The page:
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Borrowed from Latin implicatus < implico (entangle, involve), from plico (fold). Doublet of imply and employ.


  • (verb) IPA(key): /ˈɪmplɪkeɪt/
    • (file)
  • (noun) IPA(key): /ˈɪmplɪkət/


implicate (third-person singular simple present implicates, present participle implicating, simple past and past participle implicated)

  1. (transitive, with “in”) To show to be connected or involved in an unfavorable or criminal way.
    • 1837, L[etitia] E[lizabeth] L[andon], Ethel Churchill: Or, The Two Brides. [], volume III, London: Henry Colburn, [], OCLC 21345056, page 256:
      But it is of no use talking now; the servants will soon be stirring, and it would be rather awkward to be found here." "For you, perhaps, madam," sneered Sir George. "Rather for yourself," replied she, with the greatest composure; "you might be implicated in the charge of murder."
    • 2013 June 29, “A punch in the gut”, in The Economist, volume 407, number 8842, page 72-3:
      Mostly, the microbiome is beneficial. It helps with digestion and enables people to extract a lot more calories from their food than would otherwise be possible. Research over the past few years, however, has implicated it in diseases from atherosclerosis to asthma to autism.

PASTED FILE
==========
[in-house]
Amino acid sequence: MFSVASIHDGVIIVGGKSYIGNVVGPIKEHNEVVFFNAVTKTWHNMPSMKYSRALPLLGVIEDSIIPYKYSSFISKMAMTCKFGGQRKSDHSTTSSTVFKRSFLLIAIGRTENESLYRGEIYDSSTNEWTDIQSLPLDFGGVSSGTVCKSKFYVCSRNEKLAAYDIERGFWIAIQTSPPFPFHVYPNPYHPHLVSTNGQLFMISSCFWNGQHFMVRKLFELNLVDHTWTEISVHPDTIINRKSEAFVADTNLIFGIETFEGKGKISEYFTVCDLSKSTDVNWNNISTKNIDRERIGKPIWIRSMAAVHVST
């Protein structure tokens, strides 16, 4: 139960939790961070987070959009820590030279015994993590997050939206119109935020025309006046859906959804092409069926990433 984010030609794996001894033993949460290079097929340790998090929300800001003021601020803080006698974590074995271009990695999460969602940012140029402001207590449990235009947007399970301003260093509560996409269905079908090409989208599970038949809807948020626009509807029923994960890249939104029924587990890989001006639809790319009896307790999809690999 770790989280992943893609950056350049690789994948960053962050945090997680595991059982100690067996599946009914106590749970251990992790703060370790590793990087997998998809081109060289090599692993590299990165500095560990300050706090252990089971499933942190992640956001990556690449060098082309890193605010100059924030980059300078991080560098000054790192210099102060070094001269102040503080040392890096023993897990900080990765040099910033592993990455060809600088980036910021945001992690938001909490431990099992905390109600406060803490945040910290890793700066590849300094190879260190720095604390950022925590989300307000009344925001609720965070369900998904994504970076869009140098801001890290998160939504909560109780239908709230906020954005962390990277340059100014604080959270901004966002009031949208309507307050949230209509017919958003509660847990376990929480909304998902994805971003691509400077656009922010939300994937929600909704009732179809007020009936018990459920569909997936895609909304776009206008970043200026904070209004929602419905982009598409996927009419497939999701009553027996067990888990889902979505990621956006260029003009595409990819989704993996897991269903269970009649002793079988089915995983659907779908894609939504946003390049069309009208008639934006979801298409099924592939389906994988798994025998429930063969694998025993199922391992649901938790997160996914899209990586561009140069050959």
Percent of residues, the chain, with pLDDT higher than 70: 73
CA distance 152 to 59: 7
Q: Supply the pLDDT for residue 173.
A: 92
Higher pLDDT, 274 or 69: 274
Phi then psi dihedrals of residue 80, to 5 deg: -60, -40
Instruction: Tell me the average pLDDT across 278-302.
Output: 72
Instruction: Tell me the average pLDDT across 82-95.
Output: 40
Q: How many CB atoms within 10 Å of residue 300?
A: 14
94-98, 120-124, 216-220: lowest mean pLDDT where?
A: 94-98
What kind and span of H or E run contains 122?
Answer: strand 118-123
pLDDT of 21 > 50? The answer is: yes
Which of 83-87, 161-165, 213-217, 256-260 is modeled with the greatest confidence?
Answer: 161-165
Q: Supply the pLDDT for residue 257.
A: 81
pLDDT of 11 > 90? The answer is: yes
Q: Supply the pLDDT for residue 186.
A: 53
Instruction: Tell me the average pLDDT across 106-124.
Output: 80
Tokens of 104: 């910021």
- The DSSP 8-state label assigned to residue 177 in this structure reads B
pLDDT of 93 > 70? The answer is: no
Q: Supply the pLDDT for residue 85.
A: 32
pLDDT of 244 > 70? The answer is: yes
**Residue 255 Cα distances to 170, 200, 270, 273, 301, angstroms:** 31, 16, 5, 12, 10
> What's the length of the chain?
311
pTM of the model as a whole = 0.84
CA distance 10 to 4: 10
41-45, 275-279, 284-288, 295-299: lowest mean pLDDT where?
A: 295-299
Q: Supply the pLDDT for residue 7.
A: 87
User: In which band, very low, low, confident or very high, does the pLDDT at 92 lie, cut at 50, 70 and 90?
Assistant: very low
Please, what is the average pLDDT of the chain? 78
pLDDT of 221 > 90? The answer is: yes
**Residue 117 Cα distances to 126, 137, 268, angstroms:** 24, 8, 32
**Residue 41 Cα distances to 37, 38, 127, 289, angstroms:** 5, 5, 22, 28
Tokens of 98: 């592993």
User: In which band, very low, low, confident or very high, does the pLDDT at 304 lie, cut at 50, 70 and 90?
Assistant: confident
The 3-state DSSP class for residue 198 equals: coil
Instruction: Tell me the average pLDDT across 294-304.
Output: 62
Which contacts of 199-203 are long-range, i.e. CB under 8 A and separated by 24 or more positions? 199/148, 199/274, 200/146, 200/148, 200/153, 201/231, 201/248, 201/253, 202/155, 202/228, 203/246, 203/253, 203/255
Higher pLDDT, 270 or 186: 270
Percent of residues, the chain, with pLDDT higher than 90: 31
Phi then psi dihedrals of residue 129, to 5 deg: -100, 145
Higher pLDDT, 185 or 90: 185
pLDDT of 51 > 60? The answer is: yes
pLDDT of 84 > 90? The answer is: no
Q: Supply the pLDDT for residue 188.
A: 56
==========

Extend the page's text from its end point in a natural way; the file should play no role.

The evidence implicates involvement of top management in the scheme.
  2. (transitive, nonstandard) To imply, to have as a necessary consequence or accompaniment.
    What did Nixon's visit to China implicate for Russia?
  3. (pragmatics) To imply without entailing; to have as an implicature.
  4. (archaic) To fold or twist together, intertwine, interlace, entangle, entwine.

Related terms[edit]



implicate (plural implicates)

  1. (philosophy) The thing implied.

See also[edit]





  1. inflection of implicare:
    1. second-person plural present indicative
    2. second-person plural imperative
    3. feminine plural past participle




  1. vocative masculine singular of implicātus